In which first holes are examined. Today’s is Tobacco Road Golf Club’s 558-yard opener.
Tobacco Road Golf Club is perhaps the crown jewel in the late Mike Stranz’s design portfolio. Located in Sanford, NC, the course is a strategic masterpiece with some of the most ideal golf service in the country. Roughly half an hour drive from the Pinehurst area, Tobacco Road gets much golf vacation traffic in addition to local play. Tobacco Road will see a lot of press in subsequent posts and discussions here and the opener is a worthy feature for this series.
The dramatic features obscure much of the hole from first look. The guardian mounds covered with Lovegrass dominate the view. The peek of fairway through the mounds suggest the hole turns to the left. The narrow pass is achievable with a modest 180-yard shot, and once through, the fairway expands to a comfort forty yard corridor at 230-yards from the tee. A well-struck, longer tee shot will trundle through the fairway if not played toward the left side. A distance of similar length from the tee to the first pinch point must be overcome to carry a second more modest ridge. However, the first-time golfer is left to guess as to what lay beyond. A cut in this ridge serves as a guide setting up the approach to a back-to-front pitched putting green heavily guarded on the right side by three bunkers. Plenty of fairway cut left of the hole allows for aggressive play.
The putting green itself allows for some margin of error and will funnel shots landing in the approach toward the hole. Two simple putts will find the bottom of the hole on most days.
Strategy and Tactical
Strategy in golf rarely diverts from a series of well-known and accepted rules. As discussed in an earlier post, many so-called strategic features simply emphasize or change the tactical requirements of executing the shot. It is for this reason that these hole profiles include the word “tactical” in the heading. Very few singular holes meld the concepts of tactics and strategy like the first at Tobacco Road. Each strategic choice opens up several tactical decisions. The proper execution of which leads to more strategic choices. While this is a common thread of every hole, the hazards present on this hole demand a great divergence between these strategies.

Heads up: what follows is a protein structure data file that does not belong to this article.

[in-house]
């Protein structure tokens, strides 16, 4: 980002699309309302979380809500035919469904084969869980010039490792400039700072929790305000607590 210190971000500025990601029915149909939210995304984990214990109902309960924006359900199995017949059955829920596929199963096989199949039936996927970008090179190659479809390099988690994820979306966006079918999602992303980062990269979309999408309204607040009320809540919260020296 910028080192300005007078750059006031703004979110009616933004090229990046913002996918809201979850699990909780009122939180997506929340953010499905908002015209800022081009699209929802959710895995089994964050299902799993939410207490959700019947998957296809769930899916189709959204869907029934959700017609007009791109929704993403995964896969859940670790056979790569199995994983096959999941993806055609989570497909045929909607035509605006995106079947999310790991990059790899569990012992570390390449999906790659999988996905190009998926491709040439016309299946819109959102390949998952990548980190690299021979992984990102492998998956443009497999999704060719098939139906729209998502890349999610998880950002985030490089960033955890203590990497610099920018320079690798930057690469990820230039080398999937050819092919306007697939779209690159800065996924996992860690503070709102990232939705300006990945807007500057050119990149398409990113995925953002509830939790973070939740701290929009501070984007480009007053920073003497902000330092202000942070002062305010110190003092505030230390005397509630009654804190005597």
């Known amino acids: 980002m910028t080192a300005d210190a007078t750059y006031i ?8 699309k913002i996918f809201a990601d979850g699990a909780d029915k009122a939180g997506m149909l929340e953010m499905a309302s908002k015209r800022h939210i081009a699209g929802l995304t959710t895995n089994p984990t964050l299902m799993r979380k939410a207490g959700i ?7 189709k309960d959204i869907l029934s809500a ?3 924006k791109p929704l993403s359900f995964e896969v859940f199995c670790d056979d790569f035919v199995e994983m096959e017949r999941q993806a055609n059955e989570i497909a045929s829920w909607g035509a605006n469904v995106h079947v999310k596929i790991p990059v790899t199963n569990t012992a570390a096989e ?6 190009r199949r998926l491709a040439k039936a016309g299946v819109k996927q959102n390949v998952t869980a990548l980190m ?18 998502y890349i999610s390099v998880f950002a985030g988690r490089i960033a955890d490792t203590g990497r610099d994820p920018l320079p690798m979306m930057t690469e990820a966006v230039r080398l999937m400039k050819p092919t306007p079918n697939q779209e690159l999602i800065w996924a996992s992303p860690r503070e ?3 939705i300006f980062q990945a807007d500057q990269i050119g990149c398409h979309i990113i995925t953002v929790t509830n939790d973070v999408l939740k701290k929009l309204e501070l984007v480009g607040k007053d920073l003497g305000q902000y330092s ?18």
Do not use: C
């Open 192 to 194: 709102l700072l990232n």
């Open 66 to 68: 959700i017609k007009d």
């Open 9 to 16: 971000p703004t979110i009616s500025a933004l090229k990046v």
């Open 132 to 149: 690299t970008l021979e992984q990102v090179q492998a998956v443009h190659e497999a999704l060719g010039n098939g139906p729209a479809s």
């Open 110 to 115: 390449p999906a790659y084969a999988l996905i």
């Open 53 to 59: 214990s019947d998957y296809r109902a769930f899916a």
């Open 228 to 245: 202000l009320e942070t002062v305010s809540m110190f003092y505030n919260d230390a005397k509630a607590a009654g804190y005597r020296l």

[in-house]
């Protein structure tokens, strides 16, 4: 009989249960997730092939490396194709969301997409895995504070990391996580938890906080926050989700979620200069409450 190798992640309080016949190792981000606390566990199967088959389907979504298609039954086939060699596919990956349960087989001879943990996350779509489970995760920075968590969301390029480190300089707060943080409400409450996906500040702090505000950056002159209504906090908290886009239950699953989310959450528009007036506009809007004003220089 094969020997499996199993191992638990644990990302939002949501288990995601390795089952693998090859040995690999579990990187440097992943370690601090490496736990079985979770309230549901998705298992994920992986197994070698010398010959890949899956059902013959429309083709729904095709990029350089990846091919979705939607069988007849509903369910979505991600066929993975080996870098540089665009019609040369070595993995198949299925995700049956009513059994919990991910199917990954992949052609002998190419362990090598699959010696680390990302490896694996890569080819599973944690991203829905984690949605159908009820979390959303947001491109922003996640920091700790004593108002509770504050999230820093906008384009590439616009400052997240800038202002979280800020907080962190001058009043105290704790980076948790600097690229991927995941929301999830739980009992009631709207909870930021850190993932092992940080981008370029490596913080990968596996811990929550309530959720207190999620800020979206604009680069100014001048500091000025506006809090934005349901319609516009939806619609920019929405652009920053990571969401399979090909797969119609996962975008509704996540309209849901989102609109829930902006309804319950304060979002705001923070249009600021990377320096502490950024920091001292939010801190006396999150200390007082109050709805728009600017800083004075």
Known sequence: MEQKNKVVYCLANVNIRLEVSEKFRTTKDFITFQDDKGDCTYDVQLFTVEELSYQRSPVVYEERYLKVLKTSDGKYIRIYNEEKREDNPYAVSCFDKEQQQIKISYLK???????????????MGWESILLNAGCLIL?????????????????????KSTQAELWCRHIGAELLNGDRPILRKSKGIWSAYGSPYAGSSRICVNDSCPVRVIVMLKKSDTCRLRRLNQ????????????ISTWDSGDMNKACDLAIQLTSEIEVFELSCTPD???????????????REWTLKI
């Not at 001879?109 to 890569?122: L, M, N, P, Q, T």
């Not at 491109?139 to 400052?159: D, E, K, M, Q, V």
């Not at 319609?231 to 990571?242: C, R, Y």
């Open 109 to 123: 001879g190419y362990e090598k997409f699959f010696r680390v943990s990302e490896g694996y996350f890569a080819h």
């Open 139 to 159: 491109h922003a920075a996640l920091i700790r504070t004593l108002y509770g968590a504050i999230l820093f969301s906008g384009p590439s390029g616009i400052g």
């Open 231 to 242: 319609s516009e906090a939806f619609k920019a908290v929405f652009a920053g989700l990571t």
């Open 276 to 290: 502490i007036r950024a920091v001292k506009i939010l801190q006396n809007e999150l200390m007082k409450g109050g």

Divergent strategy is achieved by placing the first pinch point 180-yards from the tee and the next one another 200-yards slightly to the left. The features creating the pinch points and the hazards complementing the pinch points create the strategic decisions instead of complementing the strategy already present. The golfer must first choose to take on the pinch point from the tee and attempt to reach the fairway beyond or lay well back with an opening tee shot of 160-170 yards. For most golfers, this places club selection between a mid-iron and a 3wood/Driver. Choosing the latter forces the line off the tee further left because the fairway ends right of center.
The putting green is reachable in two shots for the golfer that is able to get beyond all the visual intimidation. A 240-yard tee shot will land in a fairway forty yards wide and only 170-yards from the second ridge. From here, carrying a shot 200 yards and favoring the left side (just left of the cut in the second ridge) will cause the ball to trundle down the slope toward the putting green.
The lay-up route is similarly straight-forward. Bunting a mid-iron short of the first pinch point leaves the golfer with a slightly longer second shot than the first. From here, a shot traveling 180-yards leaves a completely blind, but reasonable, 150-yard shot into the green. The second ridge, with more sand than Lovegrass, presents a more tempting target to attempt from any distance than the first ridge. Though the lay-up leaves a 230+ carry for the second ridge, it’s not out of the question for a boldly struck fairway wood.
Regardless of the strategy employed, the putting green favors shots from the left side, and every effort should be made to attack from this angle. The bunkers defending the putting green at the right, while presenting a relatively benign hazard, should never really enter into the equation after solving the first two problems presented by the hole.
A good friend likes to discuss a golfer’s emotions as they encounter a golf course. For many, the first hole is filled with anticipation for the round ahead with any real “work” saved for subsequent holes. This ethos regards the first hole as a tune up with gentle problems from the golfer to overcome. On paper, and after a few plays, the first hole at Tobacco Road fits nicely into this category of opener. However, Mike Stranz managed to inject moments of sheer terror and excitement into actually gentle opener, so much so that a 160-yard lay-up on an opening 550-yard hole can feel exhilarating! This hole is both truly unique and superb for this reason alone.
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